Kidneys are so important that nature decided that humans need TWO of them. Yes, kidney health is important but they don’t get the attention they deserve. March 10th is Kidney Health Day – this year’s theme is Kidney Health for All!
What’s the Big Deal About Kidneys?
Kidneys are the ultimate filtration and purification system. Therefore, its main responsibility is to clean and keep clean your internal system, but it’s not the only thing it does. These miraculous organs:
- Make urine
- Remove wastes and extra fluid from your blood
- Control your body’s chemical balance
- Helps control your blood pressure
- Help keep your bones healthy
- Help you make red blood cells
Because the main job of your kidneys is to remove toxins and excess water from your blood, this keeps your blood pressure under control. They also control mineral levels in your blood stream such as sodium and potassium and help control overall blood acidity. By controlling salt (sodium) and water levels in your body, it can moderate your blood pressure.
A cool fact about kidneys is that adult kidneys constantly grow! Research shows that kidneys repair and regenerate themselves throughout life.
So, we’ve got an organ that we have two of, and it has the ability to grow and heal itself over a lifetime, and is responsible for cleaning out and maintaining our body systems. This definitely warrants a heavy importance in its care for our health.
What Happens to Our Kidneys As We Age?
As we age, changes start to occur in our kidneys. In a healthy person, these changes occur very slowly.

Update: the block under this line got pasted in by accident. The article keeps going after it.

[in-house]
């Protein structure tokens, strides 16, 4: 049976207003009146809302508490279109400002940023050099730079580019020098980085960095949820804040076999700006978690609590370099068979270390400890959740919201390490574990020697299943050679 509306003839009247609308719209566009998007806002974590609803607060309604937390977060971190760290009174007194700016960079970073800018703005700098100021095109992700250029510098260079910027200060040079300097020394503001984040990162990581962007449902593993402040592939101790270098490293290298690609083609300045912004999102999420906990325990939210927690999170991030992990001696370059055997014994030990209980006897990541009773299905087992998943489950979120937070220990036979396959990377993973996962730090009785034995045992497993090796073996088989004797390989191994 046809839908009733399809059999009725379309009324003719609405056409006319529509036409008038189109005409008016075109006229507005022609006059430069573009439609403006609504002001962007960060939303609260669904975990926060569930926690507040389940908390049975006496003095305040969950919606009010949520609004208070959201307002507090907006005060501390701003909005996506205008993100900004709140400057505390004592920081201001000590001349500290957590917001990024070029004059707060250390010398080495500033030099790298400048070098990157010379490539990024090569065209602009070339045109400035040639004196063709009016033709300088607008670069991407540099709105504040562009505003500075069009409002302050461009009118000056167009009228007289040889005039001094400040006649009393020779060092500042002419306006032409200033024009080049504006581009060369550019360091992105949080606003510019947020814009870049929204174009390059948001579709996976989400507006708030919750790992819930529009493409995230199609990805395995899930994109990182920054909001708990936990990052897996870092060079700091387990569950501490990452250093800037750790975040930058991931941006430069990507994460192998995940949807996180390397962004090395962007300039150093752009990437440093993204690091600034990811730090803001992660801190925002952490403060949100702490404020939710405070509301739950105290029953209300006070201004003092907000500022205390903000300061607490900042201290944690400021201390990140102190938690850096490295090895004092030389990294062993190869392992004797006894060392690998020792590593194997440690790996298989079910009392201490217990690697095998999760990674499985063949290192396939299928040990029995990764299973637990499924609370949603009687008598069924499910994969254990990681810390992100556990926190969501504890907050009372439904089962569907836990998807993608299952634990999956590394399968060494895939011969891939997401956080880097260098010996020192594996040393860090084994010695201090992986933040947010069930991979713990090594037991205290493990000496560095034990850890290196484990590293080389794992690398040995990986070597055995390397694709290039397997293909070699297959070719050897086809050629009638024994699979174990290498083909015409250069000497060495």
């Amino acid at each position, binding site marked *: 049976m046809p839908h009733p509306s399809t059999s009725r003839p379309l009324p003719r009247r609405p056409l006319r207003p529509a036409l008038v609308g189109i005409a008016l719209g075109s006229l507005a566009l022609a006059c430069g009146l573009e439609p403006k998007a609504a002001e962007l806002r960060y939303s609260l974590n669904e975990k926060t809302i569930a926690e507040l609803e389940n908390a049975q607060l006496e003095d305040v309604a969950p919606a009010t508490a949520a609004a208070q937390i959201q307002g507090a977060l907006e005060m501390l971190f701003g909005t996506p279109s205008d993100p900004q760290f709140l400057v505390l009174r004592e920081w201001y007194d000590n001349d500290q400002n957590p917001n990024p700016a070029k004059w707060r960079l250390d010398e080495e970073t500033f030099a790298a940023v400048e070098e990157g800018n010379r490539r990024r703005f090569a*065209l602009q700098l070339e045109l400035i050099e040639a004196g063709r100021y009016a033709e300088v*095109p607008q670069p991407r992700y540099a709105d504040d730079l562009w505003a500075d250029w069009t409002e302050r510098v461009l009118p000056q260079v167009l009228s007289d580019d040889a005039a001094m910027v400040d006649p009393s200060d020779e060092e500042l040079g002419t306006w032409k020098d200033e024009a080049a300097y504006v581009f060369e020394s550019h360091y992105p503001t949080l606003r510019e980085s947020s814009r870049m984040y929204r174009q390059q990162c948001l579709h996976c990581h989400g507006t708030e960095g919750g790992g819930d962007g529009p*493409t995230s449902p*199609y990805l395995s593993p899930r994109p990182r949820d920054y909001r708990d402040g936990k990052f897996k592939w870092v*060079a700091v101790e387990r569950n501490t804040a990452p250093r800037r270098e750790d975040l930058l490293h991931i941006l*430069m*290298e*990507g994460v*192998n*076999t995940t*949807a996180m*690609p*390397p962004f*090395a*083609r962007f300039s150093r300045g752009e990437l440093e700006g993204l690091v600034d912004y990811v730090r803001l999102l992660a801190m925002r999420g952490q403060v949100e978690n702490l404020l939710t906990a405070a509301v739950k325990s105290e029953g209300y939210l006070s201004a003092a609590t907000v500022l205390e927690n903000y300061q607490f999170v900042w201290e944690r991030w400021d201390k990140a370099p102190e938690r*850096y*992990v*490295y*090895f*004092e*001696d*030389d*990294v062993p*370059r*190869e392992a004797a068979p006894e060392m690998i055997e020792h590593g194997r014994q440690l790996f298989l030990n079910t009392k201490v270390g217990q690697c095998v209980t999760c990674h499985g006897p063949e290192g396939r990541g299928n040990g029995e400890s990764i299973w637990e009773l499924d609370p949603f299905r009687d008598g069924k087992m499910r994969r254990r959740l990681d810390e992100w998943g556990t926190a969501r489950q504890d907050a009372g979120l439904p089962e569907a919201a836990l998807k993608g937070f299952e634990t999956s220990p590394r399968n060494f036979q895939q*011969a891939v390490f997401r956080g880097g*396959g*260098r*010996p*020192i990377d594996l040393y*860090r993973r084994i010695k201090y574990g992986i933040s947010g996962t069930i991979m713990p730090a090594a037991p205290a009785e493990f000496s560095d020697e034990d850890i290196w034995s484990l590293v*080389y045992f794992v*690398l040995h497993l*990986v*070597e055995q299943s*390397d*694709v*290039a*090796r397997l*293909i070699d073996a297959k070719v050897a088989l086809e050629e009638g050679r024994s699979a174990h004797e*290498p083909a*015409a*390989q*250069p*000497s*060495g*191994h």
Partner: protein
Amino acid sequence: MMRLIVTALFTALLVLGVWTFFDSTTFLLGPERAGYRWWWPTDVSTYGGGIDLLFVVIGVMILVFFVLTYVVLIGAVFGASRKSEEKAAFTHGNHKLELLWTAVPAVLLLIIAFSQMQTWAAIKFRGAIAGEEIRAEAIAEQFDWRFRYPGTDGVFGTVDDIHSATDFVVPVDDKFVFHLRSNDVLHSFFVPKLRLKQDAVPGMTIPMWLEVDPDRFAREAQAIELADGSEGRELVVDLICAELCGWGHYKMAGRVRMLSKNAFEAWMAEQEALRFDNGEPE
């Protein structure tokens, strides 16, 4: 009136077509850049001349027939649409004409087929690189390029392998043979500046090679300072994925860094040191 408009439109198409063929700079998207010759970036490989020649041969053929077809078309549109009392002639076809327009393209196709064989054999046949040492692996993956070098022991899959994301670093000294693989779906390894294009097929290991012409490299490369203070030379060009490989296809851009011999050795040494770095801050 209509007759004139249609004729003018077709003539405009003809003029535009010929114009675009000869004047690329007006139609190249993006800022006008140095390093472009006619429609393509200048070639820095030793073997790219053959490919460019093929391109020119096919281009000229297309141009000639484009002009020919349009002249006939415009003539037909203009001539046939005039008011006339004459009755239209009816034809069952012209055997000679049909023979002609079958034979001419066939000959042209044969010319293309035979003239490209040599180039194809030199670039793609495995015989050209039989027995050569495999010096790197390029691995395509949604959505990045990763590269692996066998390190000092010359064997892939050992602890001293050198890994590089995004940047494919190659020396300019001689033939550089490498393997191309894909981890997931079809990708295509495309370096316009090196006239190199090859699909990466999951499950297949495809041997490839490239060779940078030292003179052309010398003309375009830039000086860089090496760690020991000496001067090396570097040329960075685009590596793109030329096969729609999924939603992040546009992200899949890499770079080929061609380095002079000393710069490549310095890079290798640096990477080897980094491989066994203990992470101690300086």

- Amount of kidney tissue decreases
- Kidney function diminishes
- Number of filtering units decreases. These units are responsible for filtering waste material from the blood
- Blood vessels supplying the kidneys can become hardened, causing the kidneys to filter blood more slowly
The kidney starts to atrophy and is not as productive with age.
Illness, medicines, and other conditions can degrade kidney function quicker and more seriously. As we age, the risks of kidney problems rise, especially chronic kidney disease.
Although not the only causes, two main conditions in common with chronic kidney disease is type-2 diabetes and high blood pressure. With the rise of obesity, the rate of diabetes and hypertension has risen among middle-aged adults as well, pretty much assuring a pervasiveness of chronic kidney disease in the senior population.
As well, ⅔ of all cases of end-stage renal disease are directly caused by diabetes or hypertensive renal disease, a condition of progressive thickening of the nephroscleros in the kidneys.
At the end-stage of renal disease, your kidneys can no longer remove wastes and the excess fluids from your body. A dialysis or kidney transplant are your next options.
What To do?
- Be active – this will help you maintain an ideal body weight, and reduce your blood pressure
- Eat healthy – this helps with the above points, plus the added bonus of preventing diabetes and heart disease. Consider eating a more plant-based diet, as plant-based proteins may put less strain on weak kidneys. Reduce your salt intake.
- Check in with your doctor regularly! Check blood sugar and blood pressure.
- Drink water – check with your doctor on the appropriate fluid intake levels if you have specific health conditions.
- Stop smoking. Consequently, smoking slows the blood flow to the kidneys, therefore decreases function. Risk of kidney cancer rises by about 50% with smoking.
- Don’t pop pills like candy. Pain-killers and anti-inflammatory drugs are harmful to kidneys if taken regularly.
This year, educate yourself on the importance of your kidneys and treat them with the love that they deserve. Check out the Kidney Community Kitchen from the Kidney Foundation for some great kidney-friendly recipes and meal planning ideas.
Do you think you know about kidneys now? Check out this quiz and find out!
Love your kidneys and your kidneys will love you back 💓